He says he has shown leadership on “common sense” gun safety, adding that the county has done a good job “standing up to the Trump administration” on LGBT and immigration issues.
“The government nationally is doing so wrong,” he says. “I believe we can do better here, and we should.”
Baker has the endorsements of the mayors of Morgan Hill, Campbell, Cupertino, Los Altos, Mountain View and Sunnyvale.
Mike Alvarado is a self-described grassroots candidate. The 57-year-old IT veteran also runs a small, family-owned car wash. His campaign is self-funded because he says it is “not really right” to accept contributions when running for local election, adding that it invites corruption and that he will not be “tied down by supporters.”
“I just don’t think you can be effective in your job if you are hamstrung by special interest,” he says.
Although he is a no-money candidate, Alvarado says he believes none of the candidates will be aggressive enough on the issues, adding that none of them are real heavyweights. He says he wants to go further than any of his competitors.
To help address the housing crisis, the county should build housing on the unused lots in unincorporated areas, Alvarado says.
On transportation, Alvarado says the county should work to extend BART and Caltrain farther south. He says nobody has done enough to mitigate traffic in the county or increase transportation. In addition to alleviating traffic, he says the county should be extending freeways.
While he pointed to medical care in the county as an issue, Alvarado was specific in saying infectious disease, notably tuberculosis, needs more attention.
Maria Hernandez is another no-money candidate. Her knowledge of the issues, she says, makes her the best pick for District 4. She works in marketing and public relations.
Hernandez, 40, proudly proclaims that she has “no political pedigree,” saying she decided to run for supervisor because, unlike some, she legitimately wants to help.
“My point of view is that if I wanted to be a career politician, I would have started a long time ago,” she says.
Her decision to run as a no-money candidate was born out of what she calls a “lack of transparency and a waste of tax dollars,” accusing regional politicians of abuses of power. Hernandez says she will change the jails and the family courts to attack the root of the region’s inequities.
Working in marketing, Hernandez says she is “very responsible with money,” something she sees as sorely lacking in the county. Though she is not a well-known name, she hopes to set an example for those who are not career politicians that they can make a difference.
While out getting signatures to get on the ballot, Hernandez says she realized how reluctant many are to openly discuss the issues, or endorse her, because of the influence from special interests. She aims to rattle some cages, tackling the issues in a direct and earnest way, unencumbered by having to mince words.
“When you’re a career politician, you have to watch what you say,” she says. “I am not afraid to speak the truth. I never realised the amount of fear in the community.”
A political science teacher at Santa Clara High School for 21 years, Dominic Caserta has served on the Santa Clara City Council since 2014, where he has championed progressive causes such as a worker retention, a sanctuary city policy and a higher minimum wage.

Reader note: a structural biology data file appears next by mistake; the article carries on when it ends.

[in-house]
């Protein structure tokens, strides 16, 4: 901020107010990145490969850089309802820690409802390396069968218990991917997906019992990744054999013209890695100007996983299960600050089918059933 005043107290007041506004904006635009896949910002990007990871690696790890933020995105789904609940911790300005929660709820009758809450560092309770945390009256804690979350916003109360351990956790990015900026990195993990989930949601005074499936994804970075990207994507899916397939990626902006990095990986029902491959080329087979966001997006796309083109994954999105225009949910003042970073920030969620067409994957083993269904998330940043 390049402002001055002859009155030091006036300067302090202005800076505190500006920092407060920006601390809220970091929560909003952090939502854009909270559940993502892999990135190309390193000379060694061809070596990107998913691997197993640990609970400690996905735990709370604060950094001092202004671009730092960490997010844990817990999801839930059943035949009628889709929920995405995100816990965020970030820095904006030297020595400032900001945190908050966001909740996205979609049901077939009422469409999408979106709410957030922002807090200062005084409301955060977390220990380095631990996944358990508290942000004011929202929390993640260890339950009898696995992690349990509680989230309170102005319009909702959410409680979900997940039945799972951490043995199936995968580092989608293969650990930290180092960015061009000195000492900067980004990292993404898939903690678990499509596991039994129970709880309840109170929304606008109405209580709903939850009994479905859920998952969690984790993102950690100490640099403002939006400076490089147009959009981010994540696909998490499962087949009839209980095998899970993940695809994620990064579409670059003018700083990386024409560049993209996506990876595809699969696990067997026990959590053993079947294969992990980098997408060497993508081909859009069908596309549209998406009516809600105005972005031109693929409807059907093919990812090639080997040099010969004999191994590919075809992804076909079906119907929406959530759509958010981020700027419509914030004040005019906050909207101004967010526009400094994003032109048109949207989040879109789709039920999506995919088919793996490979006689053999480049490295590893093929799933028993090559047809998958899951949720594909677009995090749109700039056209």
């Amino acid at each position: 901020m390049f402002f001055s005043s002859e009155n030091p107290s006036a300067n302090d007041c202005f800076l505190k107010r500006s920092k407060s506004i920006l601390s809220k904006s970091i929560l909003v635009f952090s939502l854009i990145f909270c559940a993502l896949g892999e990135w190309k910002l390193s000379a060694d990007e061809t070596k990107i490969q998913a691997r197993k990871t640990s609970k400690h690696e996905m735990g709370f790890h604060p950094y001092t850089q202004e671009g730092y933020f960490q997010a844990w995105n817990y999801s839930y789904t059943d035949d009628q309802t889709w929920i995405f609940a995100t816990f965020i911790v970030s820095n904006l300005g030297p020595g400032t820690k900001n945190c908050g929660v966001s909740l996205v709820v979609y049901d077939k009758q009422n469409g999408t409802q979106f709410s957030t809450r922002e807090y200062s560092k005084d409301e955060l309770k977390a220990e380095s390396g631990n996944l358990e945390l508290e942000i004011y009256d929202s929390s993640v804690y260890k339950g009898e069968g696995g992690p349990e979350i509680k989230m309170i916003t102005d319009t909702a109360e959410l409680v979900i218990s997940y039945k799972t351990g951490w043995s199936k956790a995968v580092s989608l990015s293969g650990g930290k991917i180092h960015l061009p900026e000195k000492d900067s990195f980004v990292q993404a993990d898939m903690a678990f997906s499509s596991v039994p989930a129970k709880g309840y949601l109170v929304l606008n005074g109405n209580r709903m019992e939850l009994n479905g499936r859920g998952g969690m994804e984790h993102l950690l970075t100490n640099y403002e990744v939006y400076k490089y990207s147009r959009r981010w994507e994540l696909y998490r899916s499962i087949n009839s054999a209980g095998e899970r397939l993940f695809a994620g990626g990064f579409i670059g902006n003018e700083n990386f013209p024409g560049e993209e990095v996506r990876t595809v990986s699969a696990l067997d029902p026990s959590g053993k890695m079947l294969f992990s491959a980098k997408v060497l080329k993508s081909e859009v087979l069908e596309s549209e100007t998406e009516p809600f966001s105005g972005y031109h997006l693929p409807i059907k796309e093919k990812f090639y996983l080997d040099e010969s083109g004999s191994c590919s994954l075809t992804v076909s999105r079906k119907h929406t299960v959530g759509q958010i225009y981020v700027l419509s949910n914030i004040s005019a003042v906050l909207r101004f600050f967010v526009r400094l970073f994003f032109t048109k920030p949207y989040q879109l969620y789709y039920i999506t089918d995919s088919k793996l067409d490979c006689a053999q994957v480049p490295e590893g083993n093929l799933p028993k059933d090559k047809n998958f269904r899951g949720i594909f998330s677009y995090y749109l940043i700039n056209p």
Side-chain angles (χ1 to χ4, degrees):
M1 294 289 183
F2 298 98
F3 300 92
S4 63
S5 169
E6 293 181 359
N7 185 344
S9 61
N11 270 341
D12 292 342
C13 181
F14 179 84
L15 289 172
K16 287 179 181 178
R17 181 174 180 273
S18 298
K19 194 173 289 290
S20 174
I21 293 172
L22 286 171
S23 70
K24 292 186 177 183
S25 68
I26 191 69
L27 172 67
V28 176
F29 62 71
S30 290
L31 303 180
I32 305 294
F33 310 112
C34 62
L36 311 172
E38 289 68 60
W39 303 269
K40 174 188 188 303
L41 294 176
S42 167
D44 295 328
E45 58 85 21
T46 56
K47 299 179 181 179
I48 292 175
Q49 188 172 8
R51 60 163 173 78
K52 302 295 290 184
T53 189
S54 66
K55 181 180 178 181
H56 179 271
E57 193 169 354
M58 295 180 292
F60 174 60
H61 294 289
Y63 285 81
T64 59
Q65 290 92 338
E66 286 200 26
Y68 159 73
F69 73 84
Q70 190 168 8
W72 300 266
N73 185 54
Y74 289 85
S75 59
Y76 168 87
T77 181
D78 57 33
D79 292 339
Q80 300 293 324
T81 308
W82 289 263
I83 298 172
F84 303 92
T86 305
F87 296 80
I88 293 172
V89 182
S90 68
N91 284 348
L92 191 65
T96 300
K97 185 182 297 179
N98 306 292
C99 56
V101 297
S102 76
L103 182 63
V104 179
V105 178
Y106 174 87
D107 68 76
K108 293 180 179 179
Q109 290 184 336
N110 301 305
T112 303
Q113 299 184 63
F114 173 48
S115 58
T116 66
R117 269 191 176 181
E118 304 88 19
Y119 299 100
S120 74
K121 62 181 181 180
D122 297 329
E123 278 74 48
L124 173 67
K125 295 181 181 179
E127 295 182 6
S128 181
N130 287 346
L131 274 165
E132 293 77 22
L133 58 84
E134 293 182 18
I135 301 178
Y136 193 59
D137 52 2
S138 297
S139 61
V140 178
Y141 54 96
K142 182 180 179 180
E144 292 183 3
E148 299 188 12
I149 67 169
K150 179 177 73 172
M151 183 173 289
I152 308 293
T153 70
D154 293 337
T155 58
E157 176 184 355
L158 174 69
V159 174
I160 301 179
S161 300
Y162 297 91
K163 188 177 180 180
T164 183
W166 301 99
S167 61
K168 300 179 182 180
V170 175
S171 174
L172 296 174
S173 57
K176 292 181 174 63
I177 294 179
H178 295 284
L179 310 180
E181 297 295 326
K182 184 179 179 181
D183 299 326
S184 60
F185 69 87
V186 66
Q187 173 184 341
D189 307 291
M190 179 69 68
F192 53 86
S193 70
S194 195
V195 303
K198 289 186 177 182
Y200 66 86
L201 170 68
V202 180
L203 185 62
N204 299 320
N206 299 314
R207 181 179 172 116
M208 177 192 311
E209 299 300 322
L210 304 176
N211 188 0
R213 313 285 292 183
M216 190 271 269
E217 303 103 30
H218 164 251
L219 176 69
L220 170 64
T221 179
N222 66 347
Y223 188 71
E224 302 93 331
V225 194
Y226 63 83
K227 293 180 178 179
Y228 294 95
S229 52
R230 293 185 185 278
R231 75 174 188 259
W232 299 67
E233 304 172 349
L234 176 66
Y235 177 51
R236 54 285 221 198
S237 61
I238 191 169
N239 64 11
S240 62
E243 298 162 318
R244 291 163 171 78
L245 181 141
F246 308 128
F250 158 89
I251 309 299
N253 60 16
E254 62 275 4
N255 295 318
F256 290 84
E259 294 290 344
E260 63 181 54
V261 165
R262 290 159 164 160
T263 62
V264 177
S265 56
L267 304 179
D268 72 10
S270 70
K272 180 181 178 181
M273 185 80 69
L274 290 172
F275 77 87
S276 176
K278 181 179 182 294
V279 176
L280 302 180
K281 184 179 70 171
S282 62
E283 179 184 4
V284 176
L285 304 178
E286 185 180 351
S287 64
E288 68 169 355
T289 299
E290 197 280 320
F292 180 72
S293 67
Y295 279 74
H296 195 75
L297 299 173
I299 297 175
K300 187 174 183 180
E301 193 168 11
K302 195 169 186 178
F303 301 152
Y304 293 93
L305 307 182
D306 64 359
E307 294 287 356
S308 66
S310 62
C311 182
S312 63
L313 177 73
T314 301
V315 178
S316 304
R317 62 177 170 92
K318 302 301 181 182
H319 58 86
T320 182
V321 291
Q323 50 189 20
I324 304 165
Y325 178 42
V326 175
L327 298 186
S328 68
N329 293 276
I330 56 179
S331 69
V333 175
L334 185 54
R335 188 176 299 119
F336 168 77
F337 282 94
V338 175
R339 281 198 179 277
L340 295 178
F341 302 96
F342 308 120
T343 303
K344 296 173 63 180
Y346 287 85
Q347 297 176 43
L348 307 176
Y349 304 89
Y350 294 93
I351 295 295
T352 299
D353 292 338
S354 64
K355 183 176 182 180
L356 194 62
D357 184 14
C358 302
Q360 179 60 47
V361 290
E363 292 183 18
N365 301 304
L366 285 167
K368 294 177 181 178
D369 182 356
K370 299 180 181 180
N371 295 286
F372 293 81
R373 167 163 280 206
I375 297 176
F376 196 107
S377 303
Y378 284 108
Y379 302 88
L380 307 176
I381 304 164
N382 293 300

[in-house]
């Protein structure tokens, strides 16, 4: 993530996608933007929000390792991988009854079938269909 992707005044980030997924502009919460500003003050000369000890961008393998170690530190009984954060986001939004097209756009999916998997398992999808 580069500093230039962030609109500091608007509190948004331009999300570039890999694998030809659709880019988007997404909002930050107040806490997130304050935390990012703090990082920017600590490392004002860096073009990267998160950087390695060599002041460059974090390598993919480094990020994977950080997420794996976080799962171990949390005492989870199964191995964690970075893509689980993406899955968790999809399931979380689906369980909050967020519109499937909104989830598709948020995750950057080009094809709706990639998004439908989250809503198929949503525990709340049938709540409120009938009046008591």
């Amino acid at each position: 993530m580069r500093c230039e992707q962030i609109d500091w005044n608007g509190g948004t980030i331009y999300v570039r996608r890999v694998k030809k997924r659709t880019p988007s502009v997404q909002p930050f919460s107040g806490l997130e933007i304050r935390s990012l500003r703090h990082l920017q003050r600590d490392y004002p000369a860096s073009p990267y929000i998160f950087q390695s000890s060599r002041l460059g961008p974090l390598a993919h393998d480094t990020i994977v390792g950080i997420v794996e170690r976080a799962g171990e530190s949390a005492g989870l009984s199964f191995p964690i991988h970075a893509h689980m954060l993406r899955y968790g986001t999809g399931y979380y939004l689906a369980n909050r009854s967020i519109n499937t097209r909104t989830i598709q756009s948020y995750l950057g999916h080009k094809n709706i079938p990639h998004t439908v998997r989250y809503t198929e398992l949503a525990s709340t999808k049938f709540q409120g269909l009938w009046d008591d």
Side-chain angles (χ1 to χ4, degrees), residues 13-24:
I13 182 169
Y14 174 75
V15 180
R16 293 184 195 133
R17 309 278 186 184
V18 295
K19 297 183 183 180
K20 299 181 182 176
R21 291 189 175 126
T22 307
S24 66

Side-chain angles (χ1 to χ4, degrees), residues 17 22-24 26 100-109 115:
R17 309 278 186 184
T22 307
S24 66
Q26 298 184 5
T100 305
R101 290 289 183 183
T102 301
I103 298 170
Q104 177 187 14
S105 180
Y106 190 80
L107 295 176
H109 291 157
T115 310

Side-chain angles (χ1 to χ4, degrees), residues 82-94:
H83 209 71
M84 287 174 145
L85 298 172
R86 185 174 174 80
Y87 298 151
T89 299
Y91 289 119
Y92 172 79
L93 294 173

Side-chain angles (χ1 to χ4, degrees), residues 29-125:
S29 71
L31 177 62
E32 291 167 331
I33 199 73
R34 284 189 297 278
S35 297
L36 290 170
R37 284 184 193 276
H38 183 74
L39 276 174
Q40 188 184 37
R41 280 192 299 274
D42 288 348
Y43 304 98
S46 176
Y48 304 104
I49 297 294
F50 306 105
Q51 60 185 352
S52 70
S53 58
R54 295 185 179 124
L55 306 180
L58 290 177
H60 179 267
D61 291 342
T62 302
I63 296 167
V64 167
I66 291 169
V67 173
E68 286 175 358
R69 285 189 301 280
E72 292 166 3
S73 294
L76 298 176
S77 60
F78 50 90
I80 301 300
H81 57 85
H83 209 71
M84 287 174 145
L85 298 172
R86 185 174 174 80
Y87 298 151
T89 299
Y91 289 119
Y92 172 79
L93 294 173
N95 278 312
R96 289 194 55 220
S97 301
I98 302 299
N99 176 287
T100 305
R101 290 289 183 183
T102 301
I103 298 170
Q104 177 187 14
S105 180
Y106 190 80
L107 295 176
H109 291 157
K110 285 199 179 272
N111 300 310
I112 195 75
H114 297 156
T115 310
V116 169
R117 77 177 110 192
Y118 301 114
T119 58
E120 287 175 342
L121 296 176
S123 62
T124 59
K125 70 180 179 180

As a lifelong resident and past councilor from 2004 to 2006 as well, the 43-year-old says he has a unique perspective on regional issues, adding that no one has deeper roots in the South Bay. He categorizes himself as an economic populist who wants to empower the middle class, saying he would bring a much-needed focus on social justice to the board. Additionally, he says Santa Clara—as one of the wealthiest cities in the county—deserves “a flag on the dais.”
Caserta says he wants to reform the jail and teach sheriff’s deputies de-escalation techniques. In an effort to alleviate stress on the jails and provide better law enforcement, he says the county needs to do a better job treating drug addiction and auditing and monitoring the Sheriff’s Office. Regarding social services, Caserta says the county needs to devote more resources to domestic violence and rape victims.
Adding more below-market-rate housing is also a priority, he says. When the cost of living is pricing out teachers—colleagues of his—who earn $80,000 a year, it falls to the county to add more housing to the county’s stock.
“We are losing a whole generation of public servants,” Caserta says.
More than 20 unions officially supported Caserta, who also had a split endorsement from the South Bay Labor Council, until allegations of sexual misconduct came to light earlier this week prompted the organizations to withdraw their support.
The Big Picture
Terry Christensen, professor and chair emeritus of the political science department at San Jose State University, says all four frontrunners—Ellenberg, Caserta, Rocha and Oliverio—have strong bases that have helped them get elected previously. Those bases could prove the difference in the race.
He says that “all things being equal,” Oliverio is the strongest candidate. However, he acknowledges that all things are not equal. The dropped sexual harassment suit against Oliverio could prove the difference, he says, especially against Ellenberg, who resigned as director of program operations at the Silicon Valley Organization earlier this month over SVO’s response to a political mailer regarding Oliverio.
SVO endorsed Oliverio, but a flier mailed by the Santa Clara County Government Attorneys’ Association PAC urged voters to contact CEO Matt Mahood and call him out for the endorsement.
Christensen calls Oliverio a “narrow constructionist” who wants to get “back to basics,” adding that he is less favorable to unions than Rocha or Caserta, saying those views could play poorly with a progressively liberal board. On the other hand, he notes that his “shake things up” attitude might strike a chord with voters fed up with the status quo.
Still, Christensen agrees with Oliverio’s assertion that most people are ignorant of the county’s role, saying its roles in housing and education are “somewhat minimal.”
Further, the narrative surrounding social services is largely a misnomer, Christensen says. “This county is not the one most in need of social services,” he says.
One key to the primary could be county employees and nonprofits, who rely on county money for much of their livelihood. At this stage, Christensen says, the race is very much “personality based.”
The District 4 supervisor primary is June 5.